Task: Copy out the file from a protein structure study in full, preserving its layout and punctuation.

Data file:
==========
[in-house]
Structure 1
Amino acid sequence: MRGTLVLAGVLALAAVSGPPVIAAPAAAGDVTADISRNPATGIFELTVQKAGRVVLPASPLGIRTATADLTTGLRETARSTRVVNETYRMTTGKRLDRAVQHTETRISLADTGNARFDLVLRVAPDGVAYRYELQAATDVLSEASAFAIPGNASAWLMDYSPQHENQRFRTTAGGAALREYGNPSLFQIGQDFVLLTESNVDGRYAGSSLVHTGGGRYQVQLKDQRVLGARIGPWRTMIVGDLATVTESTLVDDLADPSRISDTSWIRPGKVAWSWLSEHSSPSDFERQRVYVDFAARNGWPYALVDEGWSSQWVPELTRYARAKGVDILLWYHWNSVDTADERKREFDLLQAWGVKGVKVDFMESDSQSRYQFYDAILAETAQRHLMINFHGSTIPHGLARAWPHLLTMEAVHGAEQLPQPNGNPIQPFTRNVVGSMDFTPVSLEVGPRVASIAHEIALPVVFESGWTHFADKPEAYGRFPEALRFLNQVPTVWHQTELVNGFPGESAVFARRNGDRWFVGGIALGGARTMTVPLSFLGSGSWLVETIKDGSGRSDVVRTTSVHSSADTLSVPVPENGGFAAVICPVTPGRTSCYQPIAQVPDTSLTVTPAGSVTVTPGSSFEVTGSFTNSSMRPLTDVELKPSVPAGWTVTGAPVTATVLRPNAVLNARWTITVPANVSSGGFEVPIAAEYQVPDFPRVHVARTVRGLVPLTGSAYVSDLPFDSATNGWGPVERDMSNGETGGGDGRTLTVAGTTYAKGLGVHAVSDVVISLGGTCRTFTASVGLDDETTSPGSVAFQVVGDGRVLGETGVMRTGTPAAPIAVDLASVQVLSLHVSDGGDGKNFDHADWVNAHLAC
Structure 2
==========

[in-house]
Structure 1
Amino acid sequence: MRGTLVLAGVLALAAVSGPPVIAAPAAAGDVTADISRNPATGIFELTVQKAGRVVLPASPLGIRTATADLTTGLRETARSTRVVNETYRMTTGKRLDRAVQHTETRISLADTGNARFDLVLRVAPDGVAYRYELQAATDVLSEASAFAIPGNASAWLMDYSPQHENQRFRTTAGGAALREYGNPSLFQIGQDFVLLTESNVDGRYAGSSLVHTGGGRYQVQLKDQRVLGARIGPWRTMIVGDLATVTESTLVDDLADPSRISDTSWIRPGKVAWSWLSEHSSPSDFERQRVYVDFAARNGWPYALVDEGWSSQWVPELTRYARAKGVDILLWYHWNSVDTADERKREFDLLQAWGVKGVKVDFMESDSQSRYQFYDAILAETAQRHLMINFHGSTIPHGLARAWPHLLTMEAVHGAEQLPQPNGNPIQPFTRNVVGSMDFTPVSLEVGPRVASIAHEIALPVVFESGWTHFADKPEAYGRFPEALRFLNQVPTVWHQTELVNGFPGESAVFARRNGDRWFVGGIALGGARTMTVPLSFLGSGSWLVETIKDGSGRSDVVRTTSVHSSADTLSVPVPENGGFAAVICPVTPGRTSCYQPIAQVPDTSLTVTPAGSVTVTPGSSFEVTGSFTNSSMRPLTDVELKPSVPAGWTVTGAPVTATVLRPNAVLNARWTITVPANVSSGGFEVPIAAEYQVPDFPRVHVARTVRGLVPLTGSAYVSDLPFDSATNGWGPVERDMSNGETGGGDGRTLTVAGTTYAKGLGVHAVSDVVISLGGTCRTFTASVGLDDETTSPGSVAFQVVGDGRVLGETGVMRTGTPAAPIAVDLASVQVLSLHVSDGGDGKNFDHADWVNAHLAC
Structure 2